Published: 09 April 2013

Prizewinning process breaks new ground for pharmaceutical industry

A radical and ultra-efficient process developed by a consortium of engineers, including researchers at the University of Surrey, is helping to drastically improve the manufacturing processes involved in creating pharmaceutical tablets…

“The basic principles of making pharmaceutical tablets haven’t changed in 200 years – until now,” says Professor Jonathan Seville, Dean of the Faculty of Engineering and Physical Sciences.

The endurance of such principles puts the recent achievements of the University’s chemical engineers into perspective. Ensuring manufacturing consistency, reducing costs by up to 20%, shrinking the process equipment footprint by one-tenth and bringing capital costs down by one-third – this is work that, for once, warrants use of the term ‘revolutionary’.

“We have demonstrated that it is possible to move away from time-consuming and expensive batch processing – essentially ‘cookery’ - to a fully integrated and closely controlled process which gives excellent product consistency. The process has a much smaller footprint and lower environmental emissions per unit of product, while being much more flexible in operation,” explains Professor Seville.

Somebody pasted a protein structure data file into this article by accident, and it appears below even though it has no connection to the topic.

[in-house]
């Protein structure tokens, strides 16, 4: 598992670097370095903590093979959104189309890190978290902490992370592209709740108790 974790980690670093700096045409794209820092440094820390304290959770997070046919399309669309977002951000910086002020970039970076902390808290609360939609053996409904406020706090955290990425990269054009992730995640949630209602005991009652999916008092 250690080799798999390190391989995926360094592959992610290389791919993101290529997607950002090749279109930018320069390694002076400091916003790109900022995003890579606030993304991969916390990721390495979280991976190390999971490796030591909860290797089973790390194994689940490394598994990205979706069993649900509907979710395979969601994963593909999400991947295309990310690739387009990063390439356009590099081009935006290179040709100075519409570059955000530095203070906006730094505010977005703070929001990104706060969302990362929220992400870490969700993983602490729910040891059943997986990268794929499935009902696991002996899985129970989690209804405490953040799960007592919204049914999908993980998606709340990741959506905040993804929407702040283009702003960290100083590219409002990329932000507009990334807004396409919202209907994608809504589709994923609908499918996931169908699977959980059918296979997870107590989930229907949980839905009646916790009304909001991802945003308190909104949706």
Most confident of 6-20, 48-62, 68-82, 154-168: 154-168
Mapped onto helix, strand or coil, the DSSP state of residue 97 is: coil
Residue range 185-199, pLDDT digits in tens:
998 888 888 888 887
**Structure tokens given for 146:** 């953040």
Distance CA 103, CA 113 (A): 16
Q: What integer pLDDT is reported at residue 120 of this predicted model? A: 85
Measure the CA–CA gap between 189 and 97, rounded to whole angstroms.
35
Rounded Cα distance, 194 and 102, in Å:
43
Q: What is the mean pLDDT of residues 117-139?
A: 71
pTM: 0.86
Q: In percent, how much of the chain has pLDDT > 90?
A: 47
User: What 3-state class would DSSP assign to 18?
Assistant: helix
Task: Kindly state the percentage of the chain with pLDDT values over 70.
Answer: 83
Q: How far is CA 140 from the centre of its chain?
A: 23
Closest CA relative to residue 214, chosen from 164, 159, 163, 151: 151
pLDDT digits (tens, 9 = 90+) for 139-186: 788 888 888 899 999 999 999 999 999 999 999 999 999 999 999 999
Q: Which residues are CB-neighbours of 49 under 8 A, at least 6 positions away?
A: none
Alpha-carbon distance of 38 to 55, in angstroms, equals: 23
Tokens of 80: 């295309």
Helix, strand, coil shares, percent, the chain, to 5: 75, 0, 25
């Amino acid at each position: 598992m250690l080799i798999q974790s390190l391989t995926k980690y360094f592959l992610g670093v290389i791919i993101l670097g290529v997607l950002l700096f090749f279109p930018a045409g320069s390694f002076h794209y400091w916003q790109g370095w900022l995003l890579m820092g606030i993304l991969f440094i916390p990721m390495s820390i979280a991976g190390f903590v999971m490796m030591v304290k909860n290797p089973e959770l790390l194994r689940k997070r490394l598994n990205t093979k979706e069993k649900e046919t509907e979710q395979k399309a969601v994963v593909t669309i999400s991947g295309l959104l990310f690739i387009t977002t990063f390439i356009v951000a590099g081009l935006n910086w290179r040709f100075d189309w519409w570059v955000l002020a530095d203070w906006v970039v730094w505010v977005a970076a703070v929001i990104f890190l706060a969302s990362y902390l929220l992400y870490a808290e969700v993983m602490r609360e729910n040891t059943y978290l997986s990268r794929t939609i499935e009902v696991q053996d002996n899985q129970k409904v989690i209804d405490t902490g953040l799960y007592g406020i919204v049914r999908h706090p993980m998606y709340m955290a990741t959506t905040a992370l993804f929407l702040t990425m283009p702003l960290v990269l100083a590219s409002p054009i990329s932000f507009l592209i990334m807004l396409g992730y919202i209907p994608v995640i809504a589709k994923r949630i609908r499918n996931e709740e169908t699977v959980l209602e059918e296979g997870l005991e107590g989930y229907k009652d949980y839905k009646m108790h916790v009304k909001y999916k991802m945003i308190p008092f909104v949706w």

Applying chemical engineering principles to the traditionally risk-averse pharmaceutical industry, the researchers are helping to bring manufacturing processes into the 21st century. The project has integrated the manufacturing expertise of the University with advanced process technologies, advanced measurement technologies and information management software provided by a host of research partners.

The resulting process improvements mean that high quality pharmaceutical products can be manufactured at a low cost within the UK.

In 2012, the team’s efforts were justly recognised with the top prize at the annual Institution of Chemical Engineers (IChemE) awards ceremony. The award was presented to the consortium, led by GlaxoSmithKline and including GEA Group, Siemens, Sagentia, Newcastle University, the University of Warwick and the University of Surrey.

David Brown, IChemE CEO observed: “Chemical engineers are working all over the world on innovative projects and finding solutions to some of the biggest challenges facing society today: a growing demand for secure and sustainable energy, access to clean and plentiful water supplies, food and nutrition, and societal health and well-being.”

"The IChemE awards give us a platform to recognise some of the best work taking place all over the world throughout the chemical and process engineering community.”

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